thumbnail Figure 1.

A basic configuration of a quadrotor.

Each rotor pair of the same arm rotates in the same direction; one pair rotates clockwise, while the other rotates counter clockwise. The quadrotor moves by adjusting the angular velocity of each rotor. We used the simplified attitude dynamical model of a quadrotor same in [1] given by:(1) where fi are the thrust forces generated by four motors, l is the length of the quad-rotor arm, and τθ, τφτΨ are the generated torques of roll and pitch and yaw plans. τm1, τm2, τm3, τm4 are induced moments from there propeller rotation [20], inertial of quadrotor are Ix, Iy, and Iz calculated by SOLIDWORKS, the trust and drag coefficients data I found them in this technical data on this website [23] (see Table 1).

Table 1.

Quadrotor parameters.

The dynamic thrust of the motor-driven propeller was identified experimentally as described in references [2, 21] also the trust coefficient calculated in same experiment is approximate to trust coefficient in [23] (see Table 1). The frequency response of the propeller (GemFan 5030) speed with respect to the duty ratio of the motor speed controller (see Table 2) showed that dynamic thrust and duty ratio could be modelled as a first-order transfer function [21].

Table 2.

Some experiment results for trust calculation.

Our platform was based on a 250 mm (QAV250) fiberglass frame similar to experiment in this work [24]. The onboard autopilot software was developed in home, and the electronic components included an Arduino Due, an IMU, and an electronic speed controller the real photo of quadrotor in Figure 2. The front adds part because Arduino Duo is long and the black thing below it is just polyster to reduce noise affected on Ultrasonic sensor. Since the software was mostly custom-developed, it could easily interface with any additional sensors and modify the control laws of the PID control strategy [17] for attitude stabilization in Figure 3.

thumbnail Figure 2.

The realized quadrotor.

thumbnail Figure 3.

PID control strategy for attitude stabilization [17]. θd: Desired roll angle; φd: desired pitch angle; Ψd: desired yaw angle.

3 Tuning the PID controller using the Ziegler-Nichols method

The Ziegler and Nichols proposed rules [9, 10] for determining the values of proportional gain Kp, integral time Ki, and derivative time Kd. The determination of such parameters of PID controllers or tuning of PID controllers can be achieved on-site using experiments involving the quadrotor. There are two methods within the Z-N tuning approach. The first method of Z-N tuning is based on the open-loop step response of the system.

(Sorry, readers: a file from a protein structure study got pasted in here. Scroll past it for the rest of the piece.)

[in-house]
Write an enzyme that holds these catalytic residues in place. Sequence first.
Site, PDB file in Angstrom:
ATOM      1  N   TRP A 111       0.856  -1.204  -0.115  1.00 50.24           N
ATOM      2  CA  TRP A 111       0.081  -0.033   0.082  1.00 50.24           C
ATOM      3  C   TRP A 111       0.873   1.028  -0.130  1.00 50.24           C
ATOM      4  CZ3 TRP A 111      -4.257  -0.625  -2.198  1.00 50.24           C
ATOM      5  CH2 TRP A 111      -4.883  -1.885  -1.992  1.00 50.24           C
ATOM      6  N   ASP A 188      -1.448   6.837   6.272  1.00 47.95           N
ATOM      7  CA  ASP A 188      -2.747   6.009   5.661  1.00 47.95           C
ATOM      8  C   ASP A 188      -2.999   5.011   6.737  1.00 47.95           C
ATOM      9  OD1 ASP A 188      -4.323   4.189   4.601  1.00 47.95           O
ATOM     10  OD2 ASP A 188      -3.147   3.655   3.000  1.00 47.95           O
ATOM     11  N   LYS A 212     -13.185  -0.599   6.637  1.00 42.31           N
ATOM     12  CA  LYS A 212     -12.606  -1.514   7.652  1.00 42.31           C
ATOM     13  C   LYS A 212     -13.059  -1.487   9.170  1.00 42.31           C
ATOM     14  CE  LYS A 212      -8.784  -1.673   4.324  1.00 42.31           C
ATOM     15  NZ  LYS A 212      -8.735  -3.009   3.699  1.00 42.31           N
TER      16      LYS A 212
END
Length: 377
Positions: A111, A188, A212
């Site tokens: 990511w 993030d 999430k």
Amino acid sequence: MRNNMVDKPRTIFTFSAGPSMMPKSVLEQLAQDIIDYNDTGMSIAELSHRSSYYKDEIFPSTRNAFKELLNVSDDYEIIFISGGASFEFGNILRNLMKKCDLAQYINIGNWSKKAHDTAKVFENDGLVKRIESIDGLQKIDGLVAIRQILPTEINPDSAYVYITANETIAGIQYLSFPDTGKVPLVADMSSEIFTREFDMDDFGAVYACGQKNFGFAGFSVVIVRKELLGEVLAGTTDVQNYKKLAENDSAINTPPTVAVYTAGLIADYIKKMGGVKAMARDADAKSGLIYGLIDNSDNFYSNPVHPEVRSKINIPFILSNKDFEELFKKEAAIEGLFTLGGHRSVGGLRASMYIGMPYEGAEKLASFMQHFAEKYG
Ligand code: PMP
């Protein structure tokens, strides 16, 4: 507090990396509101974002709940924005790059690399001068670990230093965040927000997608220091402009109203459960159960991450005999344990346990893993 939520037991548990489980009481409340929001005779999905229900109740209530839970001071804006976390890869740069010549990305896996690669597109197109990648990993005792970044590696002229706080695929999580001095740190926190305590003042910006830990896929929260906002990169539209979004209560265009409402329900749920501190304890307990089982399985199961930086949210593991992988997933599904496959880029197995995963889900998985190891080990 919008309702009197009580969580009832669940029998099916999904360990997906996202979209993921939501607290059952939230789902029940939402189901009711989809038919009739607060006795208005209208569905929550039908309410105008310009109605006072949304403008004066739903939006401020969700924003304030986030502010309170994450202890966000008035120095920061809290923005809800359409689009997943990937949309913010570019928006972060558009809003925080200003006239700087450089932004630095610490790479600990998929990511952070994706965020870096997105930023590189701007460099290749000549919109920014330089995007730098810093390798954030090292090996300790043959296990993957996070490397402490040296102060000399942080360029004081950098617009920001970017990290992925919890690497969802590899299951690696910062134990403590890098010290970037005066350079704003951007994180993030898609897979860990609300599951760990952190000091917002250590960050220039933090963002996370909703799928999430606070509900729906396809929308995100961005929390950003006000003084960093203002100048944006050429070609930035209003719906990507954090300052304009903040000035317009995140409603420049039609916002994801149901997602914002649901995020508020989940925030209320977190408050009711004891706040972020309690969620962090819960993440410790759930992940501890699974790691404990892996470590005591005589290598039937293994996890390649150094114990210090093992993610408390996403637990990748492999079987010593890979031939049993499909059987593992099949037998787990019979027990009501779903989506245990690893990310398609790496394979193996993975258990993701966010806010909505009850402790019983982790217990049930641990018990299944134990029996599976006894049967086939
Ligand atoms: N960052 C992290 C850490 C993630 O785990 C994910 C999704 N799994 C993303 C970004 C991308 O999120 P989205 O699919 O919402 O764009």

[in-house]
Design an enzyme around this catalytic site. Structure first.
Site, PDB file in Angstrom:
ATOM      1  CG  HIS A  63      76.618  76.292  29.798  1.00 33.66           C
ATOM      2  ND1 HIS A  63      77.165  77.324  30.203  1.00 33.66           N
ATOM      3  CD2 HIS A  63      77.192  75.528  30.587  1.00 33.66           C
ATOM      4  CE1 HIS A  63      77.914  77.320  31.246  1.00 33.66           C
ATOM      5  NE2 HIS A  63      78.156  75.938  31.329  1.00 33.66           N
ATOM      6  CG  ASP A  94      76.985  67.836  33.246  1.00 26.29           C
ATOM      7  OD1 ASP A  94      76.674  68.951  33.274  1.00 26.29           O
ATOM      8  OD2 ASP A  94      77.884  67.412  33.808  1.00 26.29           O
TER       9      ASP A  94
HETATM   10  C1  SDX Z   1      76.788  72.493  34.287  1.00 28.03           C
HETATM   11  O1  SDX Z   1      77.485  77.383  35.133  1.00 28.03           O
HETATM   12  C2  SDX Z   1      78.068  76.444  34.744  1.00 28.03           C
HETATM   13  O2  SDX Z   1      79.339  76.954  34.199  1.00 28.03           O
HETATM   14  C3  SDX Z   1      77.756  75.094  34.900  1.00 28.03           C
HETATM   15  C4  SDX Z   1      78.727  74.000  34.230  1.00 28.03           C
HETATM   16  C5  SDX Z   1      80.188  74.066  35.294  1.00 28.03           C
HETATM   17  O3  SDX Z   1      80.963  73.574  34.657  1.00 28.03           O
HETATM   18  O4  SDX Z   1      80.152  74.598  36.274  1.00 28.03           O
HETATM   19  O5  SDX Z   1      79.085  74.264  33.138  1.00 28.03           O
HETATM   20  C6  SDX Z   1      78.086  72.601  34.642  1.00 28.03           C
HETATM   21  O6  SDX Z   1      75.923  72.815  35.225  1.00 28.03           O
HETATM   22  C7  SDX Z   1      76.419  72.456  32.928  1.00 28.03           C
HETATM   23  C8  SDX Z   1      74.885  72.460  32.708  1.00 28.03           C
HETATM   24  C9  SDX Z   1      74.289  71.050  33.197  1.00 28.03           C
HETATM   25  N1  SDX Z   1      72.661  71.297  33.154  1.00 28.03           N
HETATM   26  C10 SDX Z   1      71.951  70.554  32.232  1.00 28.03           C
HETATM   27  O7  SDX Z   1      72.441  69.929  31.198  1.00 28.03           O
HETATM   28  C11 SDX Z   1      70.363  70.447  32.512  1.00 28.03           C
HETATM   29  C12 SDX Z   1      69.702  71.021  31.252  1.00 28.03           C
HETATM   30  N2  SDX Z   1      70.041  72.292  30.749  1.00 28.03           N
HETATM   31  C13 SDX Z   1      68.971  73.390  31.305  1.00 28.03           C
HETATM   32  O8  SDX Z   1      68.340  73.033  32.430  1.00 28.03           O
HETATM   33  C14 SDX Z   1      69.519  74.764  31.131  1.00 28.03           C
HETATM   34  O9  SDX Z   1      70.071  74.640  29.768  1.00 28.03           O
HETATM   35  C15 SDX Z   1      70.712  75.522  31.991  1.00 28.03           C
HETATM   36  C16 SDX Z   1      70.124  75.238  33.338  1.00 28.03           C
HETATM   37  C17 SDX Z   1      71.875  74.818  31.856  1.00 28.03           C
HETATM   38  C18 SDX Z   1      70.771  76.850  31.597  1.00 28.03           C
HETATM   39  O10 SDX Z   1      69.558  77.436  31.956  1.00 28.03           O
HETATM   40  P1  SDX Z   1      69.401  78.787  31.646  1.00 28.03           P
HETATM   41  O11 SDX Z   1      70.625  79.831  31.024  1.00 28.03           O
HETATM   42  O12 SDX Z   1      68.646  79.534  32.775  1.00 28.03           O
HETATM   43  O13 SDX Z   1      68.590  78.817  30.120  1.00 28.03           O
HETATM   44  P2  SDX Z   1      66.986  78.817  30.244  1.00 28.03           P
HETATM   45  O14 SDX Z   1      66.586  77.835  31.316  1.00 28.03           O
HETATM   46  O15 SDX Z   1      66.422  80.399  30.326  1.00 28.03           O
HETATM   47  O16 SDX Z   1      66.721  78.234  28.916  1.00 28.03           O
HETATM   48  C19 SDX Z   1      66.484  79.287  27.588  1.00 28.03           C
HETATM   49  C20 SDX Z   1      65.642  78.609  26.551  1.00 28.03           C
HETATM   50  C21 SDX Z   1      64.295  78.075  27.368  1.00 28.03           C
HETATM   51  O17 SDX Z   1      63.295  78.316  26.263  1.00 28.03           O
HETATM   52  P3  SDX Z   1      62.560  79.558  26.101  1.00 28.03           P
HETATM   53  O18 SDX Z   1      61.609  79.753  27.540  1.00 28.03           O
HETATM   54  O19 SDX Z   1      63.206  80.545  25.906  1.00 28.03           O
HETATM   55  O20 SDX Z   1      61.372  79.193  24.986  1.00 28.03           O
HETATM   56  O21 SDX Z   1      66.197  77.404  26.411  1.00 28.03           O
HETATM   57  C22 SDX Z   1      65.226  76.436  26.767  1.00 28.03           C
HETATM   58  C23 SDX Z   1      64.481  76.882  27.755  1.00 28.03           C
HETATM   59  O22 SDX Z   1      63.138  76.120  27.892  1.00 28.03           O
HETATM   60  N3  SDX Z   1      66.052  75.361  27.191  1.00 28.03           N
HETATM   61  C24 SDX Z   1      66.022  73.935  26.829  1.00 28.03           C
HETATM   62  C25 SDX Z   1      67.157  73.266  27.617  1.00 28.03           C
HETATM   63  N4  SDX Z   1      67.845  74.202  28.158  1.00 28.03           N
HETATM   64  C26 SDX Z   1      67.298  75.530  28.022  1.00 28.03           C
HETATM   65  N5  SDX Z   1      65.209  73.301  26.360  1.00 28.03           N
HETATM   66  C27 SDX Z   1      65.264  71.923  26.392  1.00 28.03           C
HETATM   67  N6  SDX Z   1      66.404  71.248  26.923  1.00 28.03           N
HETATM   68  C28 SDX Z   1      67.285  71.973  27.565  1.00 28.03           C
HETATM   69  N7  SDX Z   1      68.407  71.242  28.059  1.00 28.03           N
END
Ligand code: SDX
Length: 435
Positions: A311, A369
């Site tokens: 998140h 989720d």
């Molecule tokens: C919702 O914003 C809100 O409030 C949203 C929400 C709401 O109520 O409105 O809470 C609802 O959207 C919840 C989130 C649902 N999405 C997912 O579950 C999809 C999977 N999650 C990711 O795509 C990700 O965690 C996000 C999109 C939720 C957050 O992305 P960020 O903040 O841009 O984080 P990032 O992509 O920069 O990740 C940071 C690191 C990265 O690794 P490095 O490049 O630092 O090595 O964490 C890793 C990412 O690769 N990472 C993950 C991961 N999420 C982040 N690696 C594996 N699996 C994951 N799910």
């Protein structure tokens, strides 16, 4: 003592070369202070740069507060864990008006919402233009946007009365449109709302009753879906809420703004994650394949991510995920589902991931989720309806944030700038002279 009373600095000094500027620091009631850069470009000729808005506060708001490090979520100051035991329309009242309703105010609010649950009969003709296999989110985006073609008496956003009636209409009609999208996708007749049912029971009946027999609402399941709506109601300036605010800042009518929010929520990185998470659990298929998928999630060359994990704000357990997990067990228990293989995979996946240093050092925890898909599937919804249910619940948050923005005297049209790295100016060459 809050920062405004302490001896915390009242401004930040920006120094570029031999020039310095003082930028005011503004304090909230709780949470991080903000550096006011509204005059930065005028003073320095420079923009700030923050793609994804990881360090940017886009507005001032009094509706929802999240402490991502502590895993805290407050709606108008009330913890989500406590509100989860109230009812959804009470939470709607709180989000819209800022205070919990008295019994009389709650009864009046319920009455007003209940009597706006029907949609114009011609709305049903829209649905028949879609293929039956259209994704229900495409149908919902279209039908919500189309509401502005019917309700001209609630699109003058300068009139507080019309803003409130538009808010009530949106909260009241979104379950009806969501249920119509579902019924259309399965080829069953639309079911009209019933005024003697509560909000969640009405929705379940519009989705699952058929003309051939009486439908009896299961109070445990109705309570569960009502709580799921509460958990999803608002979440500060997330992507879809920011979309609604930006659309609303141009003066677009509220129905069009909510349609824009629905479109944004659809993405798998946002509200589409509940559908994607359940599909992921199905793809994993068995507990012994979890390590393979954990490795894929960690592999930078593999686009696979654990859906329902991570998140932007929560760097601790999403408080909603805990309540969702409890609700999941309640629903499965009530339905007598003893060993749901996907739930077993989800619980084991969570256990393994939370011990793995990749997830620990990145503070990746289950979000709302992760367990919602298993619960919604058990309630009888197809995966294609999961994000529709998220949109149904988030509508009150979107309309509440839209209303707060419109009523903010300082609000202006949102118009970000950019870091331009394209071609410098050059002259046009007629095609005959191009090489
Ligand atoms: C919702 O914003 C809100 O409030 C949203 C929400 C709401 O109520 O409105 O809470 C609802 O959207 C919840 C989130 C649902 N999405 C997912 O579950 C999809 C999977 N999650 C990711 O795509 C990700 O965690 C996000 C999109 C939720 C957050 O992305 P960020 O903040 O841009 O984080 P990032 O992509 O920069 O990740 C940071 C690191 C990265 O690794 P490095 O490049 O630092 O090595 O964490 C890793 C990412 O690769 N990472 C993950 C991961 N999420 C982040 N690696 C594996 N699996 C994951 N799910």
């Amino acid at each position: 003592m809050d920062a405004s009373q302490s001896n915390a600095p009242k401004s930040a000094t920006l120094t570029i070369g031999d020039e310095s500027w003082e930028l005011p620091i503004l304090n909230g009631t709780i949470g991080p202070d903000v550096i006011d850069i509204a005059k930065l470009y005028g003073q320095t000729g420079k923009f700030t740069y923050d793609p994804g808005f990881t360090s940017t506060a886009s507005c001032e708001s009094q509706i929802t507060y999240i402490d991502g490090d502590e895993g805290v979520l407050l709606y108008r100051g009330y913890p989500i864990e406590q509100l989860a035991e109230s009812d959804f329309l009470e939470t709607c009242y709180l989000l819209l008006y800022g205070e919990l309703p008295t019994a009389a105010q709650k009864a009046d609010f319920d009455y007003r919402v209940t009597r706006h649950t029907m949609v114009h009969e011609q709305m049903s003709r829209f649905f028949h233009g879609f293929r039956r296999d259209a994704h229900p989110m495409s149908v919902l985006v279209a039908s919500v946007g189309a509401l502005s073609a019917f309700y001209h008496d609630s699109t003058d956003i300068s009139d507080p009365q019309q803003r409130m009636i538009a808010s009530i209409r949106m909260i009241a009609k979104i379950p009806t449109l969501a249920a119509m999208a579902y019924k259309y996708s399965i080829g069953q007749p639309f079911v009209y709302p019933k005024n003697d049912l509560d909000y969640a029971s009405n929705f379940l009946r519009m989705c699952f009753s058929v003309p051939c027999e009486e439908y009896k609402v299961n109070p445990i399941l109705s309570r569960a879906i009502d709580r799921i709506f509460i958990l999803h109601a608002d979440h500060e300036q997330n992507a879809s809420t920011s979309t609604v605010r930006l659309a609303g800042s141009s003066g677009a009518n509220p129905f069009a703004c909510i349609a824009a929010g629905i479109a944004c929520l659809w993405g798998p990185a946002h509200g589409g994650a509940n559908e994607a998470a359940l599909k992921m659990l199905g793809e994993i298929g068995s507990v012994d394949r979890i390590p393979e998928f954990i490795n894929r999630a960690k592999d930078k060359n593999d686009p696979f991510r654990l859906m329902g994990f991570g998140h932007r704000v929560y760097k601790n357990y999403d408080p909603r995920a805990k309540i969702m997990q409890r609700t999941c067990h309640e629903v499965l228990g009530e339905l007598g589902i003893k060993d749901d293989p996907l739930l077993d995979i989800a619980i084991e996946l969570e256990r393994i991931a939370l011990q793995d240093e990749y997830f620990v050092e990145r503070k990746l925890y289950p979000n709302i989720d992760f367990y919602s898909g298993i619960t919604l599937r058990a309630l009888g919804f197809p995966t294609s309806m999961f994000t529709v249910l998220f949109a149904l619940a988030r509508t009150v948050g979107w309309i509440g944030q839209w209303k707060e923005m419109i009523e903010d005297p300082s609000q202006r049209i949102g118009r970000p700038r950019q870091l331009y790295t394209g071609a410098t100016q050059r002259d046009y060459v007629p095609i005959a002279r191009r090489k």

The second method of Z-N tuning, used in this paper, is a closed-loop tuning method that requires finding the ultimate gain and period. This can be achieved by adjusting the controller gain (Kc) until the system undergoes sustained oscillations (at the ultimate gain or critical gain), while maintaining the integral time constant (Ti) at infinity and the derivative time constant (Td) at zero. This paper used the second method as shown in Table 3 [9, 10].

Table 3.

Ziegler-Nichols tuning rule based on critical gain Kc and critical period Pc.

After completing development of the quadrotor, we had to determine the PID parameters efficiently, and with little theoretical basis since initially, the quadrotor dynamics were not precisely determined. Therefore, the Z-N method was applied as the first step towards stabilizing the quadrotor because it enabled experiments to be used for real-time acquisition of responses that could be plotted to determine PID parameters. Our quadrotor was symmetric, so therefore we only applied this method to the pitch component of the PID controller.

To verify the performance we used the integral of square error (ISE) as comparison criteria, defined as follows:(2)

Therefore, for PSO-PID tuning, this criteria (2) was used as the objective function to seek a set of PID gains such that the control system met the minimum performance criteria.

4 PID tuning by particle swarm optimization